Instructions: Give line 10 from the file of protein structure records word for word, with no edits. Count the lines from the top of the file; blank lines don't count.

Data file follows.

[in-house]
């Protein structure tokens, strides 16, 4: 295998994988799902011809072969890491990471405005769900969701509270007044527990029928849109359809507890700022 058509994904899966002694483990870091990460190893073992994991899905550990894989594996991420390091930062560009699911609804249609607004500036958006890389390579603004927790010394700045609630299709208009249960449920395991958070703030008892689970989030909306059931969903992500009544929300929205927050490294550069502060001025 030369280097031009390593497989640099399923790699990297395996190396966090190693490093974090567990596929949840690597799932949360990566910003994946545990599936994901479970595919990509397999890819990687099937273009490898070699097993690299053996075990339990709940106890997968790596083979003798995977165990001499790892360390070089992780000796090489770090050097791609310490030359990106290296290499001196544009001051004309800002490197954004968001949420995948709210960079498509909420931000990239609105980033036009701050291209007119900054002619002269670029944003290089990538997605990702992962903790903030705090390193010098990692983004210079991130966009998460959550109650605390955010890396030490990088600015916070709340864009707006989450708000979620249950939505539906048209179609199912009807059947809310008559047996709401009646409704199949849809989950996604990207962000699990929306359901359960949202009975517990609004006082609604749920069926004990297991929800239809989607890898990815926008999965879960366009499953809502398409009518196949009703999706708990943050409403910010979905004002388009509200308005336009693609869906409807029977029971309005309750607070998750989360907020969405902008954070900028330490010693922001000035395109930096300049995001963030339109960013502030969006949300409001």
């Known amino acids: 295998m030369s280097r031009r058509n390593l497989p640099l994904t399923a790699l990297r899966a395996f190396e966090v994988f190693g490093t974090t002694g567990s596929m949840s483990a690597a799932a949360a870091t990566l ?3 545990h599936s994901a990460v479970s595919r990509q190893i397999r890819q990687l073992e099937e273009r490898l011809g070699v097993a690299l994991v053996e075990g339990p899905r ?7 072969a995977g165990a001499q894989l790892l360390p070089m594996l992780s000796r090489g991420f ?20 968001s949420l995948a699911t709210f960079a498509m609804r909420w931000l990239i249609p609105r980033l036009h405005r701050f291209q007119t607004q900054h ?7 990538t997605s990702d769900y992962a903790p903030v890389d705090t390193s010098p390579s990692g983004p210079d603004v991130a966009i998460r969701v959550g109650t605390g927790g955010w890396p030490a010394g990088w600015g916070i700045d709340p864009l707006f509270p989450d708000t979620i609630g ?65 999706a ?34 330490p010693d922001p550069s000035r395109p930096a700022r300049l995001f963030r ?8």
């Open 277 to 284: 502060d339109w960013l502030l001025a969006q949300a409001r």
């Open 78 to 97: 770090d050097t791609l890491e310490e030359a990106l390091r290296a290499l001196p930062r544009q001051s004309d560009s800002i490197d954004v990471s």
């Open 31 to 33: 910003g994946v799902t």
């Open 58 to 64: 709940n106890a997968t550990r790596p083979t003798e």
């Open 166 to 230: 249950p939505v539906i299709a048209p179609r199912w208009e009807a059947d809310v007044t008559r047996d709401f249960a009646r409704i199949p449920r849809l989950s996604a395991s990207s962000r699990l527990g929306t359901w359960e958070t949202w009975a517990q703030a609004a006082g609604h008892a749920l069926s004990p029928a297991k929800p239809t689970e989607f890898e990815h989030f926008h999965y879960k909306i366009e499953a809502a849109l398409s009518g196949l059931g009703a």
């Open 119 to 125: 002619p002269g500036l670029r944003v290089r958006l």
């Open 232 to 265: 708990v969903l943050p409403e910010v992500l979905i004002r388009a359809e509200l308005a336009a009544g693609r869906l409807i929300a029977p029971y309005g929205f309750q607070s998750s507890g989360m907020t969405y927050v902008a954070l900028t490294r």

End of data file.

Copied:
């Open 232 to 265: 708990v969903l943050p409403e910010v992500l979905i004002r388009a359809e509200l308005a336009a009544g693609r869906l409807i929300a029977p029971y309005g929205f309750q607070s998750s507890g989360m907020t969405y927050v902008a954070l900028t490294r």